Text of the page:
He sat for a moment and an idea that had occurred to him while talking to the actors began to take shape. He had to concentrate on it now. Hmmm. He had heard about guilty people who, while watching a play, had been so affected by the contents of the scene, that they had confessed to their crimes, because murder will always find a way to proclaim itself, even though it has no voice of its own.

The idea crystallized. He would get the players to perform something like the murder of his father in front of his uncle. He would watch his uncle’s reactions. He would probe his very thoughts. If his uncle so much as flinched he would know what to do. The ghost may have been the devil for all he knew, and the devil had the power to take on a pleasing shape. Yes, and perhaps the devil was taking advantage of his weakness and his grief to damn him. He was therefore going to get proof. The play was the thing in which he would catch the conscience of the king.

See other Hamlet soliloquies >>

Read Hamlet in modern English >>

7 replies
  1. mistercooke
    mistercooke says:

    “What a deceitful fellow – a rogue, a peasant slave – he was!” I would have to question your interpretation of this first line. Is Hamlet not condemning and criticizing his own inaction and his loss of passion — for which the Ghost later criticizes him? Is this not the central focus of the play, Hamlet’s tragic flaw, which is that he is too indecisive, too meditative, too self-absorbed? And why would he criticize the acting ability of the actor he was so enthralled with just a few lines before? Shakespeare is open to many interpretations, but I’m not sure this one is plausible. :)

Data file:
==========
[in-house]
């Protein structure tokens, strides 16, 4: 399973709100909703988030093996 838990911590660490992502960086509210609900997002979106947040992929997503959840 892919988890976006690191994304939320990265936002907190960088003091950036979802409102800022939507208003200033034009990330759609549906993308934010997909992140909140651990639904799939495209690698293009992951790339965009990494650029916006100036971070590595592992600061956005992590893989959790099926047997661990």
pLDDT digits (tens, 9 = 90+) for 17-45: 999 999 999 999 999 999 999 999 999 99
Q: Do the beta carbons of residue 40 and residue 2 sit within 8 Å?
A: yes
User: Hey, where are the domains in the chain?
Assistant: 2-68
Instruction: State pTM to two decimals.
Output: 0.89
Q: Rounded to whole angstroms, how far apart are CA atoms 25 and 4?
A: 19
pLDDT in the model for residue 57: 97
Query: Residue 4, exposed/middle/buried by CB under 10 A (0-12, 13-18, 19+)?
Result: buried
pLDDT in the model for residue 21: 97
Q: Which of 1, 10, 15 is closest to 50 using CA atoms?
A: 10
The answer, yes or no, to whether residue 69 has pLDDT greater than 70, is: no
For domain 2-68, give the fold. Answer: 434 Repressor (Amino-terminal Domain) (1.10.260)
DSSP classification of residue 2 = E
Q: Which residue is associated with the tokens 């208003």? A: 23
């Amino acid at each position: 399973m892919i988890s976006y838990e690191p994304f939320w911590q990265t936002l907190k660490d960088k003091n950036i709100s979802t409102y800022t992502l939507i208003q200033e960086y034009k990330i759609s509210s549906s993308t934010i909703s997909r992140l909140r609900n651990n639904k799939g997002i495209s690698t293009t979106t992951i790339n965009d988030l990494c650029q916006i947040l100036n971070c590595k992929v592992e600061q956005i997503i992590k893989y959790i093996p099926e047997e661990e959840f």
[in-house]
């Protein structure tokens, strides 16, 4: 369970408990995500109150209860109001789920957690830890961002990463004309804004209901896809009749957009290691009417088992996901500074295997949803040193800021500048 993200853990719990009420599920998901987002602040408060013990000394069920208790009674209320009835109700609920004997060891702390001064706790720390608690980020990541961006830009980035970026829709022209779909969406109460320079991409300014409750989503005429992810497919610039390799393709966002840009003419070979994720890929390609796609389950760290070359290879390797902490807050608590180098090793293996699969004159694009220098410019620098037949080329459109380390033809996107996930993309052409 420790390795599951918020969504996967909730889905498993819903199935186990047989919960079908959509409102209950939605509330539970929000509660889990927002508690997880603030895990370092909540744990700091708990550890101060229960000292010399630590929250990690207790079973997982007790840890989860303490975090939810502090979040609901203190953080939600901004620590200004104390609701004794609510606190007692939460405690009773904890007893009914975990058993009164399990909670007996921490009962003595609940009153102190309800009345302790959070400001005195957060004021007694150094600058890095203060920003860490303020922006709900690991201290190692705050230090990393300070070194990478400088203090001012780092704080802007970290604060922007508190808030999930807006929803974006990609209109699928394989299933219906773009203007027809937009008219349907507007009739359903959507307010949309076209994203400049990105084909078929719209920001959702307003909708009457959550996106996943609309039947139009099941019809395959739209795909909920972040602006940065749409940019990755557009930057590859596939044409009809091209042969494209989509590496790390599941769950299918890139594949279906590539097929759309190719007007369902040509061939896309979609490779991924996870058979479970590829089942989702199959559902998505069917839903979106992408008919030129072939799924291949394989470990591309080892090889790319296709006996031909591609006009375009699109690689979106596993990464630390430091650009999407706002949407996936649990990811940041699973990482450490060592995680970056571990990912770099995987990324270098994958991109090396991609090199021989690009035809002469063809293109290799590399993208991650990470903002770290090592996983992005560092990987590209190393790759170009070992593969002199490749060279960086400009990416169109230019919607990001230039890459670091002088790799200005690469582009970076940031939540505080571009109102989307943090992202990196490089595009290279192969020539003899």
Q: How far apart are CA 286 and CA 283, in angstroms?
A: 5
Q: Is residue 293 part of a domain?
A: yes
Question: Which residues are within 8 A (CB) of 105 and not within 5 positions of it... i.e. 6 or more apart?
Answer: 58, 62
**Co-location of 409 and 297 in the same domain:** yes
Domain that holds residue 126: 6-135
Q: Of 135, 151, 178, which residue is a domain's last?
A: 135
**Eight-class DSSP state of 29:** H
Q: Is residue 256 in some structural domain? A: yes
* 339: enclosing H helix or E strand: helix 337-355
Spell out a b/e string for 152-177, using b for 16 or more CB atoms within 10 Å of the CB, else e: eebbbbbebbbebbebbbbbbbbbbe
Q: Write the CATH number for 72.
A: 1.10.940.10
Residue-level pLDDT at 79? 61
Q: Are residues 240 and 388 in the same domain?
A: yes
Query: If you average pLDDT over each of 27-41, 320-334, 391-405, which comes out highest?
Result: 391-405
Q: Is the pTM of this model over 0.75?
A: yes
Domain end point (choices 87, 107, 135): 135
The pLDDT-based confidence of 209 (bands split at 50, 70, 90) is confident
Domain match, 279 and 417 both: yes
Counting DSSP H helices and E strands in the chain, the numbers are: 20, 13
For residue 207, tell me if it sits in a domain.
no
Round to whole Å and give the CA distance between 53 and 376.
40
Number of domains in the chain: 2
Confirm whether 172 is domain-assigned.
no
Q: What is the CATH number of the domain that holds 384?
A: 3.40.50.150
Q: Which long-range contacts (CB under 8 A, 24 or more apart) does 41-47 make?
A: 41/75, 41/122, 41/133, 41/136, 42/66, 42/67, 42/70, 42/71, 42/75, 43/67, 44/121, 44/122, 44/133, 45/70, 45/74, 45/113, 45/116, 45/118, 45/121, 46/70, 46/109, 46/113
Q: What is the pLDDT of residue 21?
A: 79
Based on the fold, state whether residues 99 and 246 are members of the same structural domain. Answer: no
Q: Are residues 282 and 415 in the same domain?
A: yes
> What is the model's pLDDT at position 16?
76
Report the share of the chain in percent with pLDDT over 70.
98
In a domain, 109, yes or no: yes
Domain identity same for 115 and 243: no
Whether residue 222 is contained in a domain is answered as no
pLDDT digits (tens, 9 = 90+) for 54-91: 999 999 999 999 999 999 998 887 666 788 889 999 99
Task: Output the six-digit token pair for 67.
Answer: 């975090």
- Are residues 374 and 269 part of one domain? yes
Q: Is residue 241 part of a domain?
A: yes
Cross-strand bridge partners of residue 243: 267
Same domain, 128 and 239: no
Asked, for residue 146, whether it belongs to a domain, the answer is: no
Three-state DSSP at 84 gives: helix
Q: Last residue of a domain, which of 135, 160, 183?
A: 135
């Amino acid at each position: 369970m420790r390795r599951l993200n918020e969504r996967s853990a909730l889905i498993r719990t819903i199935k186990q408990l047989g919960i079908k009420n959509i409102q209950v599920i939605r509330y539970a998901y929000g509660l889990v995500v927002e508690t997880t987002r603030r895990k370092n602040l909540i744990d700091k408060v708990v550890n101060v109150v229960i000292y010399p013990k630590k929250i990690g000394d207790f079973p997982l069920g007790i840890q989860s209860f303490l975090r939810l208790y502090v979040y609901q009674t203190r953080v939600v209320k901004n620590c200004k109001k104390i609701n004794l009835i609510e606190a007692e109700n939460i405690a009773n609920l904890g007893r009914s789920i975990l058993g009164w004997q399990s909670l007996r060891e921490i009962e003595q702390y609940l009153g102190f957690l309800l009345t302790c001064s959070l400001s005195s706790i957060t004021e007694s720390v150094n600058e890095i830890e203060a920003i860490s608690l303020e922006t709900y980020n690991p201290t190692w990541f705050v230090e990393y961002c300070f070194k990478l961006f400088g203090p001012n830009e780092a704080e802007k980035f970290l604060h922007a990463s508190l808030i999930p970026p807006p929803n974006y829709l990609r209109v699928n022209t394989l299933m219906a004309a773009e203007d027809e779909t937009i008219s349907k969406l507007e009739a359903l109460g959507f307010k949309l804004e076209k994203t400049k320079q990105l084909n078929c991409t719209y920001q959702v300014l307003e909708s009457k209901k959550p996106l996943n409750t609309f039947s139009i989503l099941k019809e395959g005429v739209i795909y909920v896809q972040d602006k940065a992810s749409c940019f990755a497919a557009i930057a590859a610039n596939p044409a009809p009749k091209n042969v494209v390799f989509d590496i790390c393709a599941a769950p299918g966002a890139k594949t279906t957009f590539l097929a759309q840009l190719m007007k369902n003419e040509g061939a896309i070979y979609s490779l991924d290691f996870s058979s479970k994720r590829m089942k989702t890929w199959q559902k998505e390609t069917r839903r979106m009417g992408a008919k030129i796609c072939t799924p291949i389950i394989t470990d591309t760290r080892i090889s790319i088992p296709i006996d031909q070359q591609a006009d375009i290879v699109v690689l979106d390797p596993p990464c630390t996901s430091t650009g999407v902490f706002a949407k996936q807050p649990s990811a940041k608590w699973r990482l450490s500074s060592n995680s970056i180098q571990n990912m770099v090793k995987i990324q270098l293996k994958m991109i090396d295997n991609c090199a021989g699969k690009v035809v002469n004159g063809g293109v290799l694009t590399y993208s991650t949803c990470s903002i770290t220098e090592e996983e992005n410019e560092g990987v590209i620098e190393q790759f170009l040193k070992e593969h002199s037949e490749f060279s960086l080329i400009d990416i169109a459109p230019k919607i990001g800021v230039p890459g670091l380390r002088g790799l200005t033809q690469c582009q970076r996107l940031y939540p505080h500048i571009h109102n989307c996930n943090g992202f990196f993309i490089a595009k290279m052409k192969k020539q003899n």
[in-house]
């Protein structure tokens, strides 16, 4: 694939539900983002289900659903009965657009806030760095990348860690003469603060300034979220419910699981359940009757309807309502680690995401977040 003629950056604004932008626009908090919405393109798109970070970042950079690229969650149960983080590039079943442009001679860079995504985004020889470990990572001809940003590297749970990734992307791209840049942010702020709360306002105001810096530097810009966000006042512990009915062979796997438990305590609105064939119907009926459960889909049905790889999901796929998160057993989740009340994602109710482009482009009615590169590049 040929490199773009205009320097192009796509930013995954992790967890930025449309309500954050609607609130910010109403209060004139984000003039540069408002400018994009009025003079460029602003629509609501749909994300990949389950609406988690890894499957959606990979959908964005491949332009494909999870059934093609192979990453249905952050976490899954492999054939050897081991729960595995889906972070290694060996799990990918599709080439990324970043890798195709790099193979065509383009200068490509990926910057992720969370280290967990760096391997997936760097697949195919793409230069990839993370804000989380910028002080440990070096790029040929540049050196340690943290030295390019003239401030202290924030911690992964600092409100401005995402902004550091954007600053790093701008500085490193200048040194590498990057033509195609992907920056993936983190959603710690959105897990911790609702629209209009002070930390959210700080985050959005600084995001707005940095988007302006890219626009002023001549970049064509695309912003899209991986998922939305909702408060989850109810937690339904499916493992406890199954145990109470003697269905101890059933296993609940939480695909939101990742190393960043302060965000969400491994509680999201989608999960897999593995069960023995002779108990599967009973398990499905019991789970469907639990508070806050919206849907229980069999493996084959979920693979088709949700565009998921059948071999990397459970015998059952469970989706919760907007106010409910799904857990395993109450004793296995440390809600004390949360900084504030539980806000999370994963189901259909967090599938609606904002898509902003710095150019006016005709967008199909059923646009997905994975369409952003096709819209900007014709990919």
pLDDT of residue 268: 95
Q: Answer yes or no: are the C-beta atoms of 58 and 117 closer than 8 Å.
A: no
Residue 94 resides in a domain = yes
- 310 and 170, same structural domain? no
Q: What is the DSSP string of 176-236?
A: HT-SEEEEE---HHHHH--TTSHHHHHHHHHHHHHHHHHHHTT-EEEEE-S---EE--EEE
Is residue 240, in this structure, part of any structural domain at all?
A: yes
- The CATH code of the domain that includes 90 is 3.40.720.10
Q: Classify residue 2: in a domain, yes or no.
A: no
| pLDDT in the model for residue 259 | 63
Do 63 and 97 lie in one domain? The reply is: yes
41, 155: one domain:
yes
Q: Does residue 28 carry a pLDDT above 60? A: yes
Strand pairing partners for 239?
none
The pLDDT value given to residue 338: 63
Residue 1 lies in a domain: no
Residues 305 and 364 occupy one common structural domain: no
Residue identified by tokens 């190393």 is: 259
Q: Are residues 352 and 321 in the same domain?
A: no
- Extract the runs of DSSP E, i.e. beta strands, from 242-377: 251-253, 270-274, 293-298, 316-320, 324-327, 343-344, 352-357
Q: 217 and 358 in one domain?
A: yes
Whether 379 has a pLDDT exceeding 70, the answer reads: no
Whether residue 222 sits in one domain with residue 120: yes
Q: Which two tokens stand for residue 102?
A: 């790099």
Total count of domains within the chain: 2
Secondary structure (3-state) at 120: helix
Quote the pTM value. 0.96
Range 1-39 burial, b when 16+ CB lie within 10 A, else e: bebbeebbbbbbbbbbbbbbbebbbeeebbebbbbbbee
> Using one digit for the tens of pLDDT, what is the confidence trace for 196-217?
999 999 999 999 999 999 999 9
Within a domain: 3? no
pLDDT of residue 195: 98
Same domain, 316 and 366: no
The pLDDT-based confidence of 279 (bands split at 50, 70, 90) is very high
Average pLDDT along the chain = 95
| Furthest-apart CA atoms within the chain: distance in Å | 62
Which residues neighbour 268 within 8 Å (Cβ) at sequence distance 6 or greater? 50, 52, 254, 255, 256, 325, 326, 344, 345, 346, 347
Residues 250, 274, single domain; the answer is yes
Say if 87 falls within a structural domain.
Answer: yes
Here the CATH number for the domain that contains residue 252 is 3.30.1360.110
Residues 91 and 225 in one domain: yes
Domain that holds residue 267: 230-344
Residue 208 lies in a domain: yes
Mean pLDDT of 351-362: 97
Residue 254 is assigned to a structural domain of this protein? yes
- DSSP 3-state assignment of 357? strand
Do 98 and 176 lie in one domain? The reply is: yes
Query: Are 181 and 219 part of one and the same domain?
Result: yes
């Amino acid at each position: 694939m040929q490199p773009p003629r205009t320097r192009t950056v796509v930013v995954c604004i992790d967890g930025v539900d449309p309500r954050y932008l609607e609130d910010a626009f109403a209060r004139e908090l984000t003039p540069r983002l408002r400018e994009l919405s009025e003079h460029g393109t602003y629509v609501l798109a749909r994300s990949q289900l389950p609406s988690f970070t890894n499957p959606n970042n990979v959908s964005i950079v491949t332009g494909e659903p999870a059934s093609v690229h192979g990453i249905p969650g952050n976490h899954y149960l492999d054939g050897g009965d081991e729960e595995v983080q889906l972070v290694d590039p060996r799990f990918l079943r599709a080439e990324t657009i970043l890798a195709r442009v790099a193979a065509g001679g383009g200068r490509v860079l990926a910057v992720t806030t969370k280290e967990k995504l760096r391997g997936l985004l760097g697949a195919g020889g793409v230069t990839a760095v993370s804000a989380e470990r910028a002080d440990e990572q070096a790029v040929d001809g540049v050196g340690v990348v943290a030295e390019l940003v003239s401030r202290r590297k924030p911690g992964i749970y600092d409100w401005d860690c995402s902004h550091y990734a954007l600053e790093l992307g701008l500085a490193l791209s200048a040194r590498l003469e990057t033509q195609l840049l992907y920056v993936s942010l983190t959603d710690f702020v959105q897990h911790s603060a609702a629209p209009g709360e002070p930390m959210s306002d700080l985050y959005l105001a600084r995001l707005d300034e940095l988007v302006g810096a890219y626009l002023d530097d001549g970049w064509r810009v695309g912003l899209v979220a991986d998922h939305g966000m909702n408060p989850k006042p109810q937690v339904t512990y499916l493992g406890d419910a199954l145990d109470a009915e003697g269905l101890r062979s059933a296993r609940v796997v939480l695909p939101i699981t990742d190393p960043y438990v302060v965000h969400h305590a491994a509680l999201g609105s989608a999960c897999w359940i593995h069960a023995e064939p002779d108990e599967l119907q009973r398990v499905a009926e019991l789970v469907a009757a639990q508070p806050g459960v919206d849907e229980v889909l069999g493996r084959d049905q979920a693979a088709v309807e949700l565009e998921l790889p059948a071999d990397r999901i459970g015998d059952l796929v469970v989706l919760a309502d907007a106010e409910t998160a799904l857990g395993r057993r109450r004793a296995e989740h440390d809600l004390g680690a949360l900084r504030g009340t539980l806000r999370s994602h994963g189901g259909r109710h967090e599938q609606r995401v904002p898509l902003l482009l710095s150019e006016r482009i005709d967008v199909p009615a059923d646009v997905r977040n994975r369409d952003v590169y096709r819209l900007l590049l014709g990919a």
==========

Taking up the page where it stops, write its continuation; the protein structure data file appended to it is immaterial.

Reply
  2. Chris
    Chris says:

    The translation is a bit long, but thanks, it really does help a bit. Also Hamlet’s not as hard if you actually take time to read it! :D but thanks alot!

    Reply
  3. Leepersleepington
    Leepersleepington says:

    this translation is utterly confusing. This is what Hamlet is saying: I can’t believe what an ass I am, a coward, man who cannot act on what he KNOWS. Look at that Actor, who, in a performance so moving, wept and moved us all…in grief for Hecuba, a woman he never met nor knew because she’s been dead for a thousand years. What would that man, that actor do if he had the cause that I have? he would destroy the audience, and the world. But I, ass that I am, cannot do even what that actor does for my father, my beloved father who was killed by my uncle. And I am left to think that I am just a wimp, a coward and weak. So weak that I just think and talk about the most horrible crime that I have been charged by heaven and hell to avenge. And still I do nothing. Wait. Wait. What i just saw, so moved me to behave like this….that if the guilty party, the King my Uncle were to see a play that mirrored his crime, he would betray himself as the murderer I suspect him to be. See–my problem is that I am NOT an actor, this is NOT a play. What if I am being led by the devil, because I am sad. Because I am weak. to commit murder. To kill my uncle when he is innocent. I know nothing beside what the ghost told me. By staging this play and watching my uncle, I will know the truth. And then, because this is the real world, I will act.

    Reply
  4. Marcus Tori
    Marcus Tori says:

    “shrinking away from his duty like a John-o-dreams”?
    “The idea crystallized”?

    I don’t really understand the translation any more than the original text.

    Reply
    • NSS
      NSS says:

      No doubt the NoSweatShakespeare translation doesn’t stack up to Shakespeare’s original! The idea of it is to try and get across the feeling and language of Hamlet’s soliloquy in a way that’s easy to understand in modern parlance.

      Reply